Public Marijuana Use Ordinance Eyed In Wicomico

SALISBURY – An effort to prohibit the consumption of marijuana in public areas will move forward in Wicomico County.

In a work session Tuesday, Wicomico County State’s Attorney Jamie Dykes, Deputy State’s Attorney Bill McDermott and Sheriff Mike Lewis presented the Wicomico County Council with proposed legislation that would prohibit the consumption of marijuana in public areas and vehicles.

“Just because marijuana now has an exception and you can possess marijuana legally by way of a medical marijuana card, it doesn’t mean you should be allowed to consume marijuana in public, as the statute says, on public street fares, sidewalks, in a shopping center or, more importantly, in your vehicle,” McDermott said.

The proposed legislation mirrors a recently adopted ordinance in Fruitland. Not only does the legislation prohibit marijuana consumption in vehicles and public areas but makes it a misdemeanor charge punishable by a fine of up to $500 and/or imprisonment not to exceed 90 days.

McDermott, who worked closely with town officials to draft the ordinance, said adopting similar county legislation will provide stricter enforcement measures in a changing legal landscape.

An example of that change, he noted, was a recent Court of Appeals ruling in the Pacheco v. State case. Last year, the court ruled the odor of marijuana was not enough to search a person.

“It is no longer probable cause, nor can they search a person incident to that arrest,” he said. “It doesn’t seem like it is that significant, but that is a gross departure from where we have always been with respect to the odor of marijuana.”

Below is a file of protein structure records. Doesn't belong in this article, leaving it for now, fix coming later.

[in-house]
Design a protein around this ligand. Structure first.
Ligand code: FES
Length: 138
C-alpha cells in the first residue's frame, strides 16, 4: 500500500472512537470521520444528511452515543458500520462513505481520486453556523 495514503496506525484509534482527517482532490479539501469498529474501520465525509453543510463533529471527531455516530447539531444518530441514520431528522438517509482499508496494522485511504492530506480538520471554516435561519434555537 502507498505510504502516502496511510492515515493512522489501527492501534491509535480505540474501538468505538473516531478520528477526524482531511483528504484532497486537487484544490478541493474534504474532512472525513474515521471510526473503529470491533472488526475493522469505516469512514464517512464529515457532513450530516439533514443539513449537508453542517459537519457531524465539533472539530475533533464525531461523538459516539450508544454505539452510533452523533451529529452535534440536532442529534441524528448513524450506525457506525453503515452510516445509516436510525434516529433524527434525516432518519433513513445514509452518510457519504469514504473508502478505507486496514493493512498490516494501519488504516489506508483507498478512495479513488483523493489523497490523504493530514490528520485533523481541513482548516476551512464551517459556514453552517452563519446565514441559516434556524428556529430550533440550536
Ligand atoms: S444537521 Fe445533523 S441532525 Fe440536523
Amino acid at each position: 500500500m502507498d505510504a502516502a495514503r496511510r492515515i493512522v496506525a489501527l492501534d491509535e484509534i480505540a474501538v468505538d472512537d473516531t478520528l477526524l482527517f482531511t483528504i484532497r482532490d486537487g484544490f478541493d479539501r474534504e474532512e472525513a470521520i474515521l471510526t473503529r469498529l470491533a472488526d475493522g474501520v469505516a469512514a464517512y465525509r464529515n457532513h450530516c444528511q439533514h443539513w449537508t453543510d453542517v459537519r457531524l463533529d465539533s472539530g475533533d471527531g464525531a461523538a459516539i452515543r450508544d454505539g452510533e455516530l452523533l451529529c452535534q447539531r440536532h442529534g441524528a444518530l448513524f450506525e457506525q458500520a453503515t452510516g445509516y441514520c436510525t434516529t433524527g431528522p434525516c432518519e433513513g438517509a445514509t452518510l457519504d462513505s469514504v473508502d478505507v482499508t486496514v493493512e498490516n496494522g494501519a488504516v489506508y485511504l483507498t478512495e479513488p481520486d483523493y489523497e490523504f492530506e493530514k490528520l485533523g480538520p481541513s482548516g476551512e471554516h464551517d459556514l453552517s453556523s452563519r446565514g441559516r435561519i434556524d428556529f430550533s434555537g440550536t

Law enforcement officials said the proposed legislation would be similar to laws for consuming alcohol in public areas and in vehicles.

“What we are aiming to do is first ensure that we retain the same quality of life that existed before Pacheco, that we ensure the decency laws that affect those who may consume alcohol are in parity with those who consume marijuana, and also protect those who may get behind what is a 5,000-pound weapon after having consumed marijuana and take the lives of those who have nothing to do with the consumption of marijuana,” McDermott said.

Lewis said driving under the influence of marijuana occurs on a daily basis in Wicomico County. He noted the legislation would give law enforcement officials greater ability to enforce the law and protect citizens.

The council agreed to introduce legislation at its next meeting.

“All this says is if you are going to do it, just do it at home,” McDermott said.

About The Author: Bethany Hooper

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Bethany Hooper has been with The Dispatch since 2016. She currently covers various general stories. Hooper graduated from Stephen Decatur High School in 2012 and the University of Maryland in 2016, where she completed double majors in journalism and economics.